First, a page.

Understanding the nuances and differences between these two emerging workplace concepts.
For two very different concepts meant for corporations at two very different stages of growth and evolution, it is surprising how often the terms ‘managed office’ and ‘coworking space’ are interchanged. Not just by the general public and consumers of these products, but often by their promoters as well.
You may think that people call their products ‘coworking spaces’ to capitalize on the buzzword — but that can’t be it. The sheer number of advantages offered by managed offices for organizations at the relevant stage of growth actually make the ‘coworking’ concept ineffective.
So, we’ve decided to clear the air a little bit. Coworking spaces are meant exclusively for independent entrepreneurs (or aspiring entrepreneurs) and emerging corporations, allowing them to work in a manner that draws from the mutual strengths of all participants in a collaborative ecosystem. Managed offices are meant as options for small or mid-sized companies to operate in an effective environment, with top-of-the-line infrastructure and shared common spaces and infrastructure (such as conference rooms, networks, etc) to operate out of high-grade facilities. At best, the commonality between the two concepts is very functional — shared infrastructure and flexible lease terms.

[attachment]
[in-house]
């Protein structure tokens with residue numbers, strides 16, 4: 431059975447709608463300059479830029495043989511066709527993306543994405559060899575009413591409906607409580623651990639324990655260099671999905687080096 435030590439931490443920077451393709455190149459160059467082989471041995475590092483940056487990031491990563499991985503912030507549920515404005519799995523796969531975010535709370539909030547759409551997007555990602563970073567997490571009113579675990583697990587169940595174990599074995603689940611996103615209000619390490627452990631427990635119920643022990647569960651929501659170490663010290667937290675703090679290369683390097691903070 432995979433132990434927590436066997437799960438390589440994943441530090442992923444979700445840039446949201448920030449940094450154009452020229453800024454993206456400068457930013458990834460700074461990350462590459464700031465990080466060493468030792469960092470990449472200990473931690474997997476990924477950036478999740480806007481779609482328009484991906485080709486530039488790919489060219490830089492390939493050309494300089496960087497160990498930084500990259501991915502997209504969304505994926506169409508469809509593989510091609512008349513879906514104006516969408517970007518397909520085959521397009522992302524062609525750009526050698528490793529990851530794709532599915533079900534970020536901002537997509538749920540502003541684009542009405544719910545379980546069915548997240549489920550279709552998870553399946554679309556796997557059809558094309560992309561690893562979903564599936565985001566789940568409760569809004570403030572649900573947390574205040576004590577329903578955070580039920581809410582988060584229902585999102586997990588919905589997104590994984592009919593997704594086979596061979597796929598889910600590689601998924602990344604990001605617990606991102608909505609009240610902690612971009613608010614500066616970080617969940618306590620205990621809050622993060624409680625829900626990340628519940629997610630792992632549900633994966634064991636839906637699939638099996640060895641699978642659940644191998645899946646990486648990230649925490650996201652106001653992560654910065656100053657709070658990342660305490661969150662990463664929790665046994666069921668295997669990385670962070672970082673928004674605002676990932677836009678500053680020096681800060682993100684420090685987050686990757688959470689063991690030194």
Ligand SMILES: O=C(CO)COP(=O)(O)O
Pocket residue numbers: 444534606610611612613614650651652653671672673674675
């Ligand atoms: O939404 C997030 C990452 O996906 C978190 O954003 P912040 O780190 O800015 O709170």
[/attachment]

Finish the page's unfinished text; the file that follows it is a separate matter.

But that’s where it stops. While coworking spaces are meant as temporary rest-houses on the way to concept establishment, managed offices offer the opportunity to scale in the same premises as required. Therefore, the minimum space and lease commitment in managed offices is typically far more structured than in coworking spaces, where one can rent a desk by the hour.
If a workplace doesn’t promote a high degree of collaboration between occupants, it cannot be a coworking space. Brad Neuberg, who came up with the coworking concept, has laid the rules for what defines a coworking ecosystem (or movement, as he calls it) — “the coworking movement espouses five core values: Community, Openness, Collaboration, Sustainability, and Accessibility.”
So, just a colorful office with hundreds of millennials and premium gourmet coffee on the brewing machine does not mean that the space you are walking into is part of the coworking revolution.